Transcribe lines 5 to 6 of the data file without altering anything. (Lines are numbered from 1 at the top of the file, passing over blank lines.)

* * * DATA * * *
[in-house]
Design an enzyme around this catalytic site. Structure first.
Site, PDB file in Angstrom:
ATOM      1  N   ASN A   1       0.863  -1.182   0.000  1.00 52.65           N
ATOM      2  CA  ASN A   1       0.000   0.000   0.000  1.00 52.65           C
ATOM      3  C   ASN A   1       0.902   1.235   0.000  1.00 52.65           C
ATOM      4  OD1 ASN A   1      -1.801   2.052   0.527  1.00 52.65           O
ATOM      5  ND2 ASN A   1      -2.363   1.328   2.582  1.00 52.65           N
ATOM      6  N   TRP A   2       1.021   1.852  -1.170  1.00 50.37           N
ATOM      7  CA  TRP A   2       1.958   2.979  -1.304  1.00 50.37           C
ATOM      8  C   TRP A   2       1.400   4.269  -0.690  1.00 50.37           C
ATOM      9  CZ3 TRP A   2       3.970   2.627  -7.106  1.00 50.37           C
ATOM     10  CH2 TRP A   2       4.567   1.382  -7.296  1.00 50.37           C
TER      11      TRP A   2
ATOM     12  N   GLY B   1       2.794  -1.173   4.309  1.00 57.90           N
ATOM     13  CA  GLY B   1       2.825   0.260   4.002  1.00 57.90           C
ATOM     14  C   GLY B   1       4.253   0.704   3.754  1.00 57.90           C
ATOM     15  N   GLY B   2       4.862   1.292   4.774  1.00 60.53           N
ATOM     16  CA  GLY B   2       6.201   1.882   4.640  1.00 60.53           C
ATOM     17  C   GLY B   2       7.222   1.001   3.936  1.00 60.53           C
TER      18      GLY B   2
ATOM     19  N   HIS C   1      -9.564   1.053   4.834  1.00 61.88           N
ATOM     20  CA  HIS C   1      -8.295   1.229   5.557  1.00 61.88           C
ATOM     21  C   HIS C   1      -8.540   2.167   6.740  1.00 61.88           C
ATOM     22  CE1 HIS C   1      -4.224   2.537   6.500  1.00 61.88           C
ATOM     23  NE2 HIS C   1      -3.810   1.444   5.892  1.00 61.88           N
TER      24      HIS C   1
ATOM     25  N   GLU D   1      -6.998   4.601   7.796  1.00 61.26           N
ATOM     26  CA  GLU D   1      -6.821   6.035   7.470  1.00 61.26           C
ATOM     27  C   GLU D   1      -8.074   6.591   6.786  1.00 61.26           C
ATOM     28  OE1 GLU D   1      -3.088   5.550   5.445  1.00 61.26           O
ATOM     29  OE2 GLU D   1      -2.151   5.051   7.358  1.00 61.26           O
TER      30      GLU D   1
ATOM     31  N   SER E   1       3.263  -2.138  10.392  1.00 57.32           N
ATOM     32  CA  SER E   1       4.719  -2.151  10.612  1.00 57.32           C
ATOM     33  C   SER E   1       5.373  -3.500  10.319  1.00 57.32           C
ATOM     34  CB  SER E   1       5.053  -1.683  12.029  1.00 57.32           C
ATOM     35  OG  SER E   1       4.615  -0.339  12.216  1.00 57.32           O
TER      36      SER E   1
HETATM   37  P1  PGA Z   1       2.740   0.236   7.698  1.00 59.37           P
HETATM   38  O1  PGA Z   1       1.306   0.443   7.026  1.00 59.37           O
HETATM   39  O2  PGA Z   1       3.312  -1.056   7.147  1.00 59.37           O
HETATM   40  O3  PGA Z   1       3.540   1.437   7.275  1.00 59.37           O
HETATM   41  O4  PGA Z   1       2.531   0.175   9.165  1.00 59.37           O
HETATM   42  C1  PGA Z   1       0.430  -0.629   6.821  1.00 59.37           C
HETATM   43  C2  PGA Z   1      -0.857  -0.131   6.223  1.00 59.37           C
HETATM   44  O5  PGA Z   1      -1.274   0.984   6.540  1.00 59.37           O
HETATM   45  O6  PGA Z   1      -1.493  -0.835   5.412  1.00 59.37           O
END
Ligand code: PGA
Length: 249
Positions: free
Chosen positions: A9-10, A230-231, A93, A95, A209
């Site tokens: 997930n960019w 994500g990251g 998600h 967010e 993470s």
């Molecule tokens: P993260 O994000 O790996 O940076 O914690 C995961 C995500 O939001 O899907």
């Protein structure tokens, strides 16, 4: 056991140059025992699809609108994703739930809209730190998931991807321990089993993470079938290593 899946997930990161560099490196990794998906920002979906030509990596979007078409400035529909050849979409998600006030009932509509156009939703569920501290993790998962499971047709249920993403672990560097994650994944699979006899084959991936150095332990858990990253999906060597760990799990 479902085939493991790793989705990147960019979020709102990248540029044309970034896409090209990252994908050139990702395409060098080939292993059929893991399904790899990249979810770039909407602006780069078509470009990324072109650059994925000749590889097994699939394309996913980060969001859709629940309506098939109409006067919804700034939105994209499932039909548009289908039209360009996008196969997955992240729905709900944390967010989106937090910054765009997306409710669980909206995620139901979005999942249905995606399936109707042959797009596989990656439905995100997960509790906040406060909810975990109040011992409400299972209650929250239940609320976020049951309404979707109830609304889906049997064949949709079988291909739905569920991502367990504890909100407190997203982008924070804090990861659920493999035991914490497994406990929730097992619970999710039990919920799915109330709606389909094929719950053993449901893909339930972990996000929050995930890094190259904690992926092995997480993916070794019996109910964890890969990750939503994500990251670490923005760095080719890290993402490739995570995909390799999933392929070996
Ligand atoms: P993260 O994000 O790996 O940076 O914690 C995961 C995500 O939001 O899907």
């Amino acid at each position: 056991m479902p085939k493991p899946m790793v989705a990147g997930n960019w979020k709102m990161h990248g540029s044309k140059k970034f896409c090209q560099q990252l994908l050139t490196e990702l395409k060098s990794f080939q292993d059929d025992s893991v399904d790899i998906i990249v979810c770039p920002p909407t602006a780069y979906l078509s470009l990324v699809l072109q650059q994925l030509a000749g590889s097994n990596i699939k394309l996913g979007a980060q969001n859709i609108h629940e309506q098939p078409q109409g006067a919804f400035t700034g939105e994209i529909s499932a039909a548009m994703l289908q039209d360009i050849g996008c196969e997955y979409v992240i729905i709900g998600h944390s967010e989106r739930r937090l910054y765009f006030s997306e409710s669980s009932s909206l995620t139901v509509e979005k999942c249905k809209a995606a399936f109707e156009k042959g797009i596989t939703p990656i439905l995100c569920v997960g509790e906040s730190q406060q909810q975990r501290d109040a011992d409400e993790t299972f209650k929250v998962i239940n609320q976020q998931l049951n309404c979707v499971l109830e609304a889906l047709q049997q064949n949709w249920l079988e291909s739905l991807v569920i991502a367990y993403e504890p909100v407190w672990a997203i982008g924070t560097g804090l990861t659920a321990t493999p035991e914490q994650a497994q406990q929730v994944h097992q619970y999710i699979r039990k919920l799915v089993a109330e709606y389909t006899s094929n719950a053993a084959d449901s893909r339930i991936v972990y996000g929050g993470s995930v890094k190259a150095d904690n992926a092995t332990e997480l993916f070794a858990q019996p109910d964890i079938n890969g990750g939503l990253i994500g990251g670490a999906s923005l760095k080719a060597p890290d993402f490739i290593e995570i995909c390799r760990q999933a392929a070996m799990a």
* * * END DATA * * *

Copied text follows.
ATOM      2  CA  ASN A   1       0.000   0.000   0.000  1.00 52.65           C
ATOM      3  C   ASN A   1       0.902   1.235   0.000  1.00 52.65           C